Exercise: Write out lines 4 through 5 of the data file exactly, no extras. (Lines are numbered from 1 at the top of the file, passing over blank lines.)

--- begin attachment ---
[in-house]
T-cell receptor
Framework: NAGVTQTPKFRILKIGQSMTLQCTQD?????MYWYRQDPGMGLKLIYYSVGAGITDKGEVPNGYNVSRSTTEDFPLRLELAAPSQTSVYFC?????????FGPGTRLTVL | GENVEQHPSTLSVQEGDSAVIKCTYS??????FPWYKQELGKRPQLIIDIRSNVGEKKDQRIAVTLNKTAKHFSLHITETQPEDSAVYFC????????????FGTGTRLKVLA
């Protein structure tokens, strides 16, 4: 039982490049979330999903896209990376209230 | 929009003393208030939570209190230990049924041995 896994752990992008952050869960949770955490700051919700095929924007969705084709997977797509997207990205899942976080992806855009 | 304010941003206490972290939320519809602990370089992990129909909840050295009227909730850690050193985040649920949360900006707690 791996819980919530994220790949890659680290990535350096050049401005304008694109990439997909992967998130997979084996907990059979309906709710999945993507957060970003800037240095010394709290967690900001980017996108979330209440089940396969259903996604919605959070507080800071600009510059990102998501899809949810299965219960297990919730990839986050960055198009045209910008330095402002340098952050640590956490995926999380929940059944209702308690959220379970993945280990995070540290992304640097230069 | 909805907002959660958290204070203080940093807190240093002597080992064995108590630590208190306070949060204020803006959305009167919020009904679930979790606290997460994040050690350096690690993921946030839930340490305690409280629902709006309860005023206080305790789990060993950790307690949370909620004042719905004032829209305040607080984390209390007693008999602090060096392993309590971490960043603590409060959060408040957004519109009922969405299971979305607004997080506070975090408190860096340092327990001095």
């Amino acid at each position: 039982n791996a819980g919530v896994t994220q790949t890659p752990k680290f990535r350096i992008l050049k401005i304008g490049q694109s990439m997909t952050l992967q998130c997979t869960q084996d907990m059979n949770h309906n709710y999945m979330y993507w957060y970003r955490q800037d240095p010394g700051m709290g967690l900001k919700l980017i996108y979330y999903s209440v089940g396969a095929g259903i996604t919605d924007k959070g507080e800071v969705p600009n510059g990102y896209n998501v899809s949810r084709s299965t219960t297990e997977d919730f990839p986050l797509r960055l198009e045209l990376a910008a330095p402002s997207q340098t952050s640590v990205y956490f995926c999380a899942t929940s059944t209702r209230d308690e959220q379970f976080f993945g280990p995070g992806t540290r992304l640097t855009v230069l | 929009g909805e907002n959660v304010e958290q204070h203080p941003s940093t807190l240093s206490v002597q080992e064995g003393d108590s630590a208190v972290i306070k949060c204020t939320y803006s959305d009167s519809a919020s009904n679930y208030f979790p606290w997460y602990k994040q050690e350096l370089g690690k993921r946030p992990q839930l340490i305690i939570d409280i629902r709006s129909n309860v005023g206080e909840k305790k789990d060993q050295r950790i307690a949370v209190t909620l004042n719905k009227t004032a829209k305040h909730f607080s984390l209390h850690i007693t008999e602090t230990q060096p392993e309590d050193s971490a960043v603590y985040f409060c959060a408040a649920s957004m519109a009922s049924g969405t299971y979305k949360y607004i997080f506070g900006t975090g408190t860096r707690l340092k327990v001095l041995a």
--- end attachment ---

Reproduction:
């Protein structure tokens, strides 16, 4: 039982490049979330999903896209990376209230 | 929009003393208030939570209190230990049924041995 896994752990992008952050869960949770955490700051919700095929924007969705084709997977797509997207990205899942976080992806855009 | 304010941003206490972290939320519809602990370089992990129909909840050295009227909730850690050193985040649920949360900006707690 791996819980919530994220790949890659680290990535350096050049401005304008694109990439997909992967998130997979084996907990059979309906709710999945993507957060970003800037240095010394709290967690900001980017996108979330209440089940396969259903996604919605959070507080800071600009510059990102998501899809949810299965219960297990919730990839986050960055198009045209910008330095402002340098952050640590956490995926999380929940059944209702308690959220379970993945280990995070540290992304640097230069 | 909805907002959660958290204070203080940093807190240093002597080992064995108590630590208190306070949060204020803006959305009167919020009904679930979790606290997460994040050690350096690690993921946030839930340490305690409280629902709006309860005023206080305790789990060993950790307690949370909620004042719905004032829209305040607080984390209390007693008999602090060096392993309590971490960043603590409060959060408040957004519109009922969405299971979305607004997080506070975090408190860096340092327990001095």
């Amino acid at each position: 039982n791996a819980g919530v896994t994220q790949t890659p752990k680290f990535r350096i992008l050049k401005i304008g490049q694109s990439m997909t952050l992967q998130c997979t869960q084996d907990m059979n949770h309906n709710y999945m979330y993507w957060y970003r955490q800037d240095p010394g700051m709290g967690l900001k919700l980017i996108y979330y999903s209440v089940g396969a095929g259903i996604t919605d924007k959070g507080e800071v969705p600009n510059g990102y896209n998501v899809s949810r084709s299965t219960t297990e997977d919730f990839p986050l797509r960055l198009e045209l990376a910008a330095p402002s997207q340098t952050s640590v990205y956490f995926c999380a899942t929940s059944t209702r209230d308690e959220q379970f976080f993945g280990p995070g992806t540290r992304l640097t855009v230069l | 929009g909805e907002n959660v304010e958290q204070h203080p941003s940093t807190l240093s206490v002597q080992e064995g003393d108590s630590a208190v972290i306070k949060c204020t939320y803006s959305d009167s519809a919020s009904n679930y208030f979790p606290w997460y602990k994040q050690e350096l370089g690690k993921r946030p992990q839930l340490i305690i939570d409280i629902r709006s129909n309860v005023g206080e909840k305790k789990d060993q050295r950790i307690a949370v209190t909620l004042n719905k009227t004032a829209k305040h909730f607080s984390l209390h850690i007693t008999e602090t230990q060096p392993e309590d050193s971490a960043v603590y985040f409060c959060a408040a649920s957004m519109a009922s049924g969405t299971y979305k949360y607004i997080f506070g900006t975090g408190t860096r707690l340092k327990v001095l041995a």